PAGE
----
By now, Elop is quite good at accumulating power. His influence spreads far and wide within Microsoft. He is also firmly in the camp of executives that keep Microsoft shattered into competing fiefdoms.
This makes sense, when you think about it: there are only so many resources to go around. If you are tasked with making your particular project succeed then someone else's project needs to be starved. He gets the job done, at any cost, and this means he is not a very good team player.
That's a huge problem for Nadella. Nadella is trying to reform Microsoft. He is trying to move the company from one of competing fiefdoms to one where all departments work in unison to execute upon a singular vision.
The board of directors is fighting Nadella on the details of execution, and by some reports just about everything else. Nadella's own executives have been jealously guarding their empires and have so far prevented any real change from occurring.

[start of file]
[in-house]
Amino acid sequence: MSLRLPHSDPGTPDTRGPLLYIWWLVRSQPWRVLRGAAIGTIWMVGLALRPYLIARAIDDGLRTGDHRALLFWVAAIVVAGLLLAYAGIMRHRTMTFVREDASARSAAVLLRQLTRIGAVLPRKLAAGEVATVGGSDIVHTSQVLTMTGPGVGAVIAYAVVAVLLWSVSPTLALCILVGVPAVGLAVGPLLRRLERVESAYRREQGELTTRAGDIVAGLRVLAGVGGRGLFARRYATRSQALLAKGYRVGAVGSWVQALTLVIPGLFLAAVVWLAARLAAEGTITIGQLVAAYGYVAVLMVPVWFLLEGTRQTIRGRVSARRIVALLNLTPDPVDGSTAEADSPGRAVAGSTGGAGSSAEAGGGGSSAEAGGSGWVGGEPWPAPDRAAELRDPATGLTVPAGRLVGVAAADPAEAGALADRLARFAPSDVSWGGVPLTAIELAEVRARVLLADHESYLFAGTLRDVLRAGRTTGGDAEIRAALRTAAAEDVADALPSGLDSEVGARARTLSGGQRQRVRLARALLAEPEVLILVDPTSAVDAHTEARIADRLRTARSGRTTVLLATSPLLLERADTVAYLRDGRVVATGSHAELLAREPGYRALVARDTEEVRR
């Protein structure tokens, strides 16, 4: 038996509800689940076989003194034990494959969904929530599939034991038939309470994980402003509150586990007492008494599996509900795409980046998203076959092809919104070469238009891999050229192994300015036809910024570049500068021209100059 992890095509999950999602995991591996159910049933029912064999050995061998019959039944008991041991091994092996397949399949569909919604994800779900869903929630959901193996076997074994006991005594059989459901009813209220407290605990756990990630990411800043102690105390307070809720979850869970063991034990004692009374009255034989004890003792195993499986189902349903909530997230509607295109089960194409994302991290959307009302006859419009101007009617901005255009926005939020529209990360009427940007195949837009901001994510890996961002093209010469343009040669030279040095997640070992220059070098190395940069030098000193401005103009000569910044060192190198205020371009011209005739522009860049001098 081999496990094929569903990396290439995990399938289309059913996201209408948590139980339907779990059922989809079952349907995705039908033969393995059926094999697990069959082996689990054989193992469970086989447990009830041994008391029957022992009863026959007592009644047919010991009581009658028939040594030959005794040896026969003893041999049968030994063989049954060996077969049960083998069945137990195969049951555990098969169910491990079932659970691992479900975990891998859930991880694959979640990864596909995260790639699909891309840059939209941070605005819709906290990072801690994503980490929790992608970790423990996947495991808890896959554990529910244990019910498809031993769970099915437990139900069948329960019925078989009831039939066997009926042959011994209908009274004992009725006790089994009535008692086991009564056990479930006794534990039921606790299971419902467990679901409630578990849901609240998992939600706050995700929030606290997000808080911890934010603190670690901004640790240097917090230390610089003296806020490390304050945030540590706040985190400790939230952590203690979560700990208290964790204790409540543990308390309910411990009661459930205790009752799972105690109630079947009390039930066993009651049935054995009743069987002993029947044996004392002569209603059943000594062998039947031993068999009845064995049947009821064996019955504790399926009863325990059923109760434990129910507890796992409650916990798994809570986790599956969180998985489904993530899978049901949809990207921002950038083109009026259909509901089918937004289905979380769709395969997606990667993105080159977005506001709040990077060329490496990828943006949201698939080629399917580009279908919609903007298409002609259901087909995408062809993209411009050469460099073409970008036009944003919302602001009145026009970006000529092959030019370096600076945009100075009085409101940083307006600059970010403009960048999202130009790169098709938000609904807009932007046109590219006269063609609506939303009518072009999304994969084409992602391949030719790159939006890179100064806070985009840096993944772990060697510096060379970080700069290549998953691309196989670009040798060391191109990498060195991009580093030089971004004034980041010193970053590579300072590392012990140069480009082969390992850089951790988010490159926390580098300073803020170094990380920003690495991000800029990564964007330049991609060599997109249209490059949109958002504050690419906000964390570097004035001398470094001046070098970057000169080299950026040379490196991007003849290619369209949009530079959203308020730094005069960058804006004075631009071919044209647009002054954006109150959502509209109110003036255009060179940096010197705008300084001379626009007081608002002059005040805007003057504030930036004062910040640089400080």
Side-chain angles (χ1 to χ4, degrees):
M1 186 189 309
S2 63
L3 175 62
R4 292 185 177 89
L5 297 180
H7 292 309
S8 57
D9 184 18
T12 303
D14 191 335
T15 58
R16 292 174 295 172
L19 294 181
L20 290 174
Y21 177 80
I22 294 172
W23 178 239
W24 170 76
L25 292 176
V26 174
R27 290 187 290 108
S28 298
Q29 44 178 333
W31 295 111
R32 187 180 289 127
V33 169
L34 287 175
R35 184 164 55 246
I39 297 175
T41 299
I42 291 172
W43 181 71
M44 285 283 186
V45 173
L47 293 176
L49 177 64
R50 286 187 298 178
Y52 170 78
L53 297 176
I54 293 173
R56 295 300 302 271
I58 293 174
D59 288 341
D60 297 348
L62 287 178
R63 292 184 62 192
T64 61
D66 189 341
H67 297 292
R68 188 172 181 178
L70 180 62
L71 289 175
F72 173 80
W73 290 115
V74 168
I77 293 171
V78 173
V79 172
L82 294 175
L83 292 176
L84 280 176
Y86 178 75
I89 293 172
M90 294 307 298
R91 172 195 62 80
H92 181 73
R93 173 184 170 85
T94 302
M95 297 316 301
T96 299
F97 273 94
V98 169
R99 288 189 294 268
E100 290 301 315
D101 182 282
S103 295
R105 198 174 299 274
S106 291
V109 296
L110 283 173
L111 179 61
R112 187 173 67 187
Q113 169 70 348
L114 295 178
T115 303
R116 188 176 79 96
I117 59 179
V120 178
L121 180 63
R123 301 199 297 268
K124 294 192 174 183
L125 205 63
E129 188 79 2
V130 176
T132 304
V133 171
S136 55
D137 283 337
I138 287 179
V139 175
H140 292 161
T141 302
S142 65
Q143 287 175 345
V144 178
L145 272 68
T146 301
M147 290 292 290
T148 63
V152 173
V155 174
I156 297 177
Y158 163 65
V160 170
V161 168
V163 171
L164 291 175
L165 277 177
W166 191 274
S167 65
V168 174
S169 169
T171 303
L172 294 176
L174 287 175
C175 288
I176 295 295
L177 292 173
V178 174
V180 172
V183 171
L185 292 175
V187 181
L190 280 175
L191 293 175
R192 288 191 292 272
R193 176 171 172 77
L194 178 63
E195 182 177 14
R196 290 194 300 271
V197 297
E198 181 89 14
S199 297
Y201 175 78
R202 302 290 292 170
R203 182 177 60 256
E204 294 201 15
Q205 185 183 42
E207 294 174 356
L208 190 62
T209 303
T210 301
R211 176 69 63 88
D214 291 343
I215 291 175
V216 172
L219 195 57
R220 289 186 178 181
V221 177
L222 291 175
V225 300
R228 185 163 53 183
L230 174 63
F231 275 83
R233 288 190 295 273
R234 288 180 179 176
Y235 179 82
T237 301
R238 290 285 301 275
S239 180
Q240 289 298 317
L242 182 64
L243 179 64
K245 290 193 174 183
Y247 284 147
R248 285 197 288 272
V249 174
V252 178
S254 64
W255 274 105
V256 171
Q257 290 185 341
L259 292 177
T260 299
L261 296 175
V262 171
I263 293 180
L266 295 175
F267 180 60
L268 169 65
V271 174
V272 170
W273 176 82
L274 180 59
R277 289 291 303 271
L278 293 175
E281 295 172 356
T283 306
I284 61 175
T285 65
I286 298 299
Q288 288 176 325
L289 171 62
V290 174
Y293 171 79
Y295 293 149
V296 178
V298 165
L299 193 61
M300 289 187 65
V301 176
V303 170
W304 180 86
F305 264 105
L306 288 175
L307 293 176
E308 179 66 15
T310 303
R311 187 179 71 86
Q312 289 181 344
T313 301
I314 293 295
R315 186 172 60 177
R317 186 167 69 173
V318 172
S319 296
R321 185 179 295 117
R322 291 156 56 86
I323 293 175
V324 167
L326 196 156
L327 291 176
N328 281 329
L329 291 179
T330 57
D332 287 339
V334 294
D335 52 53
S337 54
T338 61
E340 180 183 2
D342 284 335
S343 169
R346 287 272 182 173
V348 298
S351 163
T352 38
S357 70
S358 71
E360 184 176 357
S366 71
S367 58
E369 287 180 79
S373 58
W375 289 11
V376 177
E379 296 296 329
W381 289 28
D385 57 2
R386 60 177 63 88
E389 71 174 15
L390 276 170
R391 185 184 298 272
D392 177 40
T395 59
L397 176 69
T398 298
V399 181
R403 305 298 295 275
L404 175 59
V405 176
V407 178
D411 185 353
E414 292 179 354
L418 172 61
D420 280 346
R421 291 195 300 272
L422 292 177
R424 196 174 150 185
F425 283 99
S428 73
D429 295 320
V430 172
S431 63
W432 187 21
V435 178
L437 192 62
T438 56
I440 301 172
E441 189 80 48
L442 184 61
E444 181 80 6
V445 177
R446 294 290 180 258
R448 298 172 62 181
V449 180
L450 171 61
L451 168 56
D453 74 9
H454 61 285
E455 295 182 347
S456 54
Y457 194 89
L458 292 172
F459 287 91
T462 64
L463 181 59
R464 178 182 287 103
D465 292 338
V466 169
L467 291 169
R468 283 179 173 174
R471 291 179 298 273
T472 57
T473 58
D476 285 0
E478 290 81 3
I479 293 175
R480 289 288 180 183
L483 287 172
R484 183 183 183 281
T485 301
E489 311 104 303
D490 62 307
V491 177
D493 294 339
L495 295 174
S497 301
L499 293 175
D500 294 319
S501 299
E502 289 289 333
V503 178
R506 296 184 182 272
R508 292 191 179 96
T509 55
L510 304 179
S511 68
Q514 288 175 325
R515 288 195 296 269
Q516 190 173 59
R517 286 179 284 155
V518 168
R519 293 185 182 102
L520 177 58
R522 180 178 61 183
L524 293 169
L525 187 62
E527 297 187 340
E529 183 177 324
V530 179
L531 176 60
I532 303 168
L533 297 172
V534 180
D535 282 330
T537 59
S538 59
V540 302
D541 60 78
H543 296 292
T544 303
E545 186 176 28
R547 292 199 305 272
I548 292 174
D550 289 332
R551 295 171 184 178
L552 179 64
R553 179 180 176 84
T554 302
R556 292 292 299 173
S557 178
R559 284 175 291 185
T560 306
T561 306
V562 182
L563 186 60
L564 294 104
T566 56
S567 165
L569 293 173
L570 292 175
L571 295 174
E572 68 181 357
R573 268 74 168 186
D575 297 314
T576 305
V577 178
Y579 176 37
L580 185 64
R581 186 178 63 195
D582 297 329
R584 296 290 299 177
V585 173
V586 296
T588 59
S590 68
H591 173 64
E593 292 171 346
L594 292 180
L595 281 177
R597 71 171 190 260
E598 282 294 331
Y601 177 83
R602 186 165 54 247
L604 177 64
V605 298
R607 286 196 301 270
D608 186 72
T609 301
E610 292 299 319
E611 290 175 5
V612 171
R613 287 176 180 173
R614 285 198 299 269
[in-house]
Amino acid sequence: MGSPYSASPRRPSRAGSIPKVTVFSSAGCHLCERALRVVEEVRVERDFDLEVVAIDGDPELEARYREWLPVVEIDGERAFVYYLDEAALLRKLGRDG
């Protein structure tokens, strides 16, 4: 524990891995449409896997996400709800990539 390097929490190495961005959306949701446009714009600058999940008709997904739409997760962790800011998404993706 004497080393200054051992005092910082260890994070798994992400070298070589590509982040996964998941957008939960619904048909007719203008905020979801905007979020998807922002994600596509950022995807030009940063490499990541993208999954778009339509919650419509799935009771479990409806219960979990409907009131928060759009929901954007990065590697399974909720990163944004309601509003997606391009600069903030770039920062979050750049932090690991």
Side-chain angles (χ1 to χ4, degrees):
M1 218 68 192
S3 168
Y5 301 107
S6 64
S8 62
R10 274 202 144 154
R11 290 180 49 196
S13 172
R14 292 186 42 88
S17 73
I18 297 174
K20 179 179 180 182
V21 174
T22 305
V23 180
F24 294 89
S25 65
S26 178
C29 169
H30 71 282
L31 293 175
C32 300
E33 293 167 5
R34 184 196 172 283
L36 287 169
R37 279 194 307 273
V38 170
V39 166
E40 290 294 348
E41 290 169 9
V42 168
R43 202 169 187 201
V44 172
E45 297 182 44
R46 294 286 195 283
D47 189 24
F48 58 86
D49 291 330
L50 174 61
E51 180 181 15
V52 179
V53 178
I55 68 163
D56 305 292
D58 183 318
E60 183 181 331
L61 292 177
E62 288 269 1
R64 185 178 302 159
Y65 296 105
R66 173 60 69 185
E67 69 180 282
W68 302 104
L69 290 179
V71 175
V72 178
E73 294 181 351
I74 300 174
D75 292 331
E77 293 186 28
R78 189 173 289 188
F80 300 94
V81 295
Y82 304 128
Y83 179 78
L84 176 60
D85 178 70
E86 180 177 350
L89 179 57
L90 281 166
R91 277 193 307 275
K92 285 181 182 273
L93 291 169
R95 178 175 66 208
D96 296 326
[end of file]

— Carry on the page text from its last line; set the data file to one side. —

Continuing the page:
If power on the board shifted and the crazy people took over, Elop would be exactly the right person to use to gut the company. As you can see, there aren't a whole lot of compelling reasons to keep Elop around.
The most compelling reason to kick him to the curb, however, is that Nadella needs to set an example: obey or die. It doesn’t matter how close you were to Ballmer, Gates, the mewling bag of MS executive cats or what your own personal wealth is.
This is Nadella's Microsoft now, and if you don't like it then get the hell out.
For better or worse, Elop's departure finally signals true change within Microsoft. That alone makes me cheer. No more promises that never seem to amount to anything. No more strategy discussions that don't change things for the end customer.
Nadella finally has the power to do whatever he wants to do. From this point on, everything is on him. I personally believe he has the ability to build a better Microsoft. Whether or not he chooses to is entirely up to him.
I, for one, am very curious to see how it all plays out. One pink slip could change the future of our data centers ... in more ways than one. ®